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On April 3, 2023, the Department of Justice (the “DOJ”) filed a civil complaint against Activision Blizzard Inc. (“Activision”) alleging that the “competitive balance tax” constituted an unreasonable restraint of trade under Section 1 of the Sherman Act,[1] and entered into a proposed consent decree (a binding settlement) that, if approved by a court, would bar the gaming company from imposing a “tax” against its esports leagues that exceed spending limits on player compensation.

In its complaint, the DOJ alleged that Activision would fine an esports team one dollar for every dollar that a team spent over the total player compensation threshold. The tax, in essence, “minimized the risk that one team would substantially outbid another for a player” which harmed both the highest paid players and overall team wages.[2] DOJ noted that players in other professional sports leagues have agreed to a salary cap as part of a collective bargaining agreement, but Activision’s esports players never negotiated or bargained for the “competitive balance tax”.

The proposed consent decree would prohibit Activision from imposing any rule that limits player compensation and requires Activision to certify that it has ended all “competitive balance taxes” in its esports leagues, to implement revised antitrust compliance and whistleblower protection policies, and to provide notice and explanation of the final judgment to its esports leagues. The proposed consent decree cannot go into effect until the end of two-month comment period and approval by the U.S. District Court for the District of Columbia.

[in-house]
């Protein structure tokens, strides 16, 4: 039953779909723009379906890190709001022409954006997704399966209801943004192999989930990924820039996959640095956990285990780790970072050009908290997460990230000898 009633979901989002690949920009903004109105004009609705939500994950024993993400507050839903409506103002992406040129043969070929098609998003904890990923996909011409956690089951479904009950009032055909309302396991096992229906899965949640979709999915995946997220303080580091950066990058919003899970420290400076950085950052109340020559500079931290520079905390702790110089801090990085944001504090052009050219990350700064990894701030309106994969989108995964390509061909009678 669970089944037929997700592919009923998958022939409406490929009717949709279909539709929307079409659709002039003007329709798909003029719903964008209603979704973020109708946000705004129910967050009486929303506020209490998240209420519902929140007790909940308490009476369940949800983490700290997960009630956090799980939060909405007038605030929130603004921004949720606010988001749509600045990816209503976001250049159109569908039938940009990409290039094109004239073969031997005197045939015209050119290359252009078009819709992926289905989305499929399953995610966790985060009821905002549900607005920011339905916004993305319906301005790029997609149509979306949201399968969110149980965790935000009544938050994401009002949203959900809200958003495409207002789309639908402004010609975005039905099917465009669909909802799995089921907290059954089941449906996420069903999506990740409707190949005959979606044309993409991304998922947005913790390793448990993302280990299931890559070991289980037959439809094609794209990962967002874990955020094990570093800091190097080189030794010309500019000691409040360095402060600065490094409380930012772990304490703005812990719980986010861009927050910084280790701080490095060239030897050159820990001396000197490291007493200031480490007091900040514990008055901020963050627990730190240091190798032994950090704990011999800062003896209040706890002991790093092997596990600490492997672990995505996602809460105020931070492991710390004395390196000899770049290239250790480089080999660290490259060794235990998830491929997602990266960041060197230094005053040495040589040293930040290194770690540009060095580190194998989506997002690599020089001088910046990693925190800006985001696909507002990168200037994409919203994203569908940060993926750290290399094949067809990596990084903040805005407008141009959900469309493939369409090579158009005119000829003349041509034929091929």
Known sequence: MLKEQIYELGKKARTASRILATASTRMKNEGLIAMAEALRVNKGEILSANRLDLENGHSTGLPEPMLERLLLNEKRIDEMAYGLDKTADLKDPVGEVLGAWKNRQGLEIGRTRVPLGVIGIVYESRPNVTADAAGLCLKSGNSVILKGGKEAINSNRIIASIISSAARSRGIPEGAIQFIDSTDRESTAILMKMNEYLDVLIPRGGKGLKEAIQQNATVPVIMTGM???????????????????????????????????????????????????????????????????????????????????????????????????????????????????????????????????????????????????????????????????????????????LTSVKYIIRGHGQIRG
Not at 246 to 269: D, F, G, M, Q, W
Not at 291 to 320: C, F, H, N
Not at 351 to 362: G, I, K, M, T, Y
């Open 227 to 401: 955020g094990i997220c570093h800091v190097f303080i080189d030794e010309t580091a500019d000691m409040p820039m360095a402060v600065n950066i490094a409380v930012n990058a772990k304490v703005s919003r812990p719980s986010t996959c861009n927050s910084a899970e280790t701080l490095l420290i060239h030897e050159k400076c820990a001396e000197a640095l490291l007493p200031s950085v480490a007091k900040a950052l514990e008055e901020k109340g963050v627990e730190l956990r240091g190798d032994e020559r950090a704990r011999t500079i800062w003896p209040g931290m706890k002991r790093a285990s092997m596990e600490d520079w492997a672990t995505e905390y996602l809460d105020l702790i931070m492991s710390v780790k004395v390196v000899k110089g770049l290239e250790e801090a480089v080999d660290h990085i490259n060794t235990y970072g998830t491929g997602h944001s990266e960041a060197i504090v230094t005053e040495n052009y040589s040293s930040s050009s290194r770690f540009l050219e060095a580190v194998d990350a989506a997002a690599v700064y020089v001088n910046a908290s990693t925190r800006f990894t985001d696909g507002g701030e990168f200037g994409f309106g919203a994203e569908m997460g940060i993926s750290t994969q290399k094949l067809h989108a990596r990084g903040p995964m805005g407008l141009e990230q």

In announcing the settlement, Assistant Attorney General Jonathan Kanter stated that “[v]ideo games and esports are among the most popular and fastest growing forms of entertainment in the world today, and professional esports players—like all workers—deserve the benefits of competition for their services. Activision’s conduct prevented that from happening. Today’s lawsuit makes clear that the Antitrust Division remains committed to protecting workers across all types of industries from anticompetitive conduct.”[3]

In addition to the DOJ’s civil lawsuit and settlement with Activision, the Federal Trade Commission (the “FTC”) is currently challenging Microsoft’s acquisition of Activision. 

The DOJ’s action against Activision is the latest example of the federal agencies’ focus on labor and compensation issues in antitrust enforcement. The DOJ has brought a number of criminal cases for alleged employee no-poach agreements, and the FTC is currently seeking to ban employee non-compete agreements


[1] Complaint, United States v. Activision Blizzard, Inc., No. 1:23-cv-00895 (D.D.C. Apr. 3, 2023).

[2] Id.

[3] Press Release, U.S. Dep’t of Just., Justice Department Files Lawsuit and Proposed Consent Decree to Prohibit Activision Blizzard from Suppressing Esports Player Compensation (Apr. 3, 2023).